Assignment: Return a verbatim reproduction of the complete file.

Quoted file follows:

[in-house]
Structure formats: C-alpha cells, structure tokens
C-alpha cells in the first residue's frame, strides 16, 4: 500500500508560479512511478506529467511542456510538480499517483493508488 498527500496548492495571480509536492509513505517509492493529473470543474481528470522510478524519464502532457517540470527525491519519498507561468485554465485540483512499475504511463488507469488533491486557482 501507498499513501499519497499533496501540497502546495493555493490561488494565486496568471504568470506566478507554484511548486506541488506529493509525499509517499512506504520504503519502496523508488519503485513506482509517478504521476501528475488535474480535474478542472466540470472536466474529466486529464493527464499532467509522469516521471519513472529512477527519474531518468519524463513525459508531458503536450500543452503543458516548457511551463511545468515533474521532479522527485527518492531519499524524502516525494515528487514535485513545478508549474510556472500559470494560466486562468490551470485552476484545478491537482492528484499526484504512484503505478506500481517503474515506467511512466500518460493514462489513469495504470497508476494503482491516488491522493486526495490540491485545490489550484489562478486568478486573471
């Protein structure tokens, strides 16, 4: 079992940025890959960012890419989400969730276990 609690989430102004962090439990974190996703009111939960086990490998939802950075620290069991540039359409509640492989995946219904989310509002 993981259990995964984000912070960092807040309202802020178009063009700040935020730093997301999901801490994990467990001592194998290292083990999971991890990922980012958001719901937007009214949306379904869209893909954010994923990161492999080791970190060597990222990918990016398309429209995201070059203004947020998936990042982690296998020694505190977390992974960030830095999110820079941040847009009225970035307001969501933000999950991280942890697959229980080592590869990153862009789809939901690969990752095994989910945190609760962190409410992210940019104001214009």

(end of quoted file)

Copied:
[in-house]
Structure formats: C-alpha cells, structure tokens
C-alpha cells in the first residue's frame, strides 16, 4: 500500500508560479512511478506529467511542456510538480499517483493508488 498527500496548492495571480509536492509513505517509492493529473470543474481528470522510478524519464502532457517540470527525491519519498507561468485554465485540483512499475504511463488507469488533491486557482 501507498499513501499519497499533496501540497502546495493555493490561488494565486496568471504568470506566478507554484511548486506541488506529493509525499509517499512506504520504503519502496523508488519503485513506482509517478504521476501528475488535474480535474478542472466540470472536466474529466486529464493527464499532467509522469516521471519513472529512477527519474531518468519524463513525459508531458503536450500543452503543458516548457511551463511545468515533474521532479522527485527518492531519499524524502516525494515528487514535485513545478508549474510556472500559470494560466486562468490551470485552476484545478491537482492528484499526484504512484503505478506500481517503474515506467511512466500518460493514462489513469495504470497508476494503482491516488491522493486526495490540491485545490489550484489562478486568478486573471
């Protein structure tokens, strides 16, 4: 079992940025890959960012890419989400969730276990 609690989430102004962090439990974190996703009111939960086990490998939802950075620290069991540039359409509640492989995946219904989310509002 993981259990995964984000912070960092807040309202802020178009063009700040935020730093997301999901801490994990467990001592194998290292083990999971991890990922980012958001719901937007009214949306379904869209893909954010994923990161492999080791970190060597990222990918990016398309429209995201070059203004947020998936990042982690296998020694505190977390992974960030830095999110820079941040847009009225970035307001969501933000999950991280942890697959229980080592590869990153862009789809939901690969990752095994989910945190609760962190409410992210940019104001214009």